Be encouraged to introduce and implement peer-review mechanisms to promote best practices and good governance.
High-income countries should increase official development assistance (ODA) from .0.25 percent of donor GNP in 2003 to around 0.44 percent in 2006 and 0.54 percent in 2015 to support the Millennium Development Goals, particularly in low-income countries, with improved ODA quality (including aid that is harmonized, predictable, and largely in the form of grants-based budget support). Each donor should reach 0.7 percent no later than 2015 to support the Goals and other development assistance priorities. Debt relief should be more extensive and generous.
ODA should be based on actual needs to meet the Millennium Development Goals and on countries? readiness to use the ODA effectively.
Criteria for evaluating the sustainability of a country?s debt burden must be consistent with the achievement of the Goals.
Aid should be oriented to support the MDG-based poverty reduction strategy, rather than to support donor-driven projects.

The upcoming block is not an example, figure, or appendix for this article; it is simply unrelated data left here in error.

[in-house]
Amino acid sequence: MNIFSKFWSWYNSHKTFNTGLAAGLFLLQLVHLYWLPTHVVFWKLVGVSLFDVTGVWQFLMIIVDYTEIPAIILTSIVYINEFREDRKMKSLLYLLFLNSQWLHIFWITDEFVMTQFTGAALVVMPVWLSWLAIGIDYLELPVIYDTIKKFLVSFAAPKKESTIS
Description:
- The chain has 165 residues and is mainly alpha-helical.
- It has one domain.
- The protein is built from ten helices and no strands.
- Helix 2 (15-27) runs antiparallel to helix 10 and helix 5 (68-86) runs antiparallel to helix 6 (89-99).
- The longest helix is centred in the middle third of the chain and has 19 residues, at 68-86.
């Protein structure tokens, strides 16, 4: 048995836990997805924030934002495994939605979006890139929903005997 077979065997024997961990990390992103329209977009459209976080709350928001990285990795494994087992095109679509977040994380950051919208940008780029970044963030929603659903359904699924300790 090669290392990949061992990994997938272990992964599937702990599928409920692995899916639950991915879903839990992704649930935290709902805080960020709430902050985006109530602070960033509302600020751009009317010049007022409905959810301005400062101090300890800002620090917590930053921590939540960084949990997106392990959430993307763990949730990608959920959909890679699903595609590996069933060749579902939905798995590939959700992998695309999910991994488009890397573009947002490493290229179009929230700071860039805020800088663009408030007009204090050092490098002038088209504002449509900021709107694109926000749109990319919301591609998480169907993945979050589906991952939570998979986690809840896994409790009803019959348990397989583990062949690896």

Donors should measure and report the share of their ODA that supports the actual scale-up of MDG-related investments.
Middle-income countries should also seek opportunities to become providers of ODA and give technical support to low-income countries.
High-income countries should open their markets to developing country exports through the Doha trade round and help Least Developed Countries raise export competitiveness through investments in critical trade-related infrastructure, including electricity, roads, and ports. The Doha Development Agenda should be fulfilled and the Doha Round completed no later than 2006.
International donors should mobilize support for global scientific research and development to address special needs of the poor in areas of health, agriculture, natural resource and environmental management, energy, and climate. We estimate the total needs to rise to approximately $7 billion a year by 2015.
The UN Secretary-General and the UN Development Group should strengthen the coordination of UN agencies, funds, and programs to support the MDGs, at headquarters and country level. The UN Country Teams should be strengthened and should work closely with the international financial institutions to support the Goals.
The UN Country Teams should be properly trained, staffed, and funded to support program countries to achieve the Goals.
The UN Country Team and the international financial institutions (World Bank, International Monetary Fund, regional development banks) should work closely at country level to improve the quality of technical advice.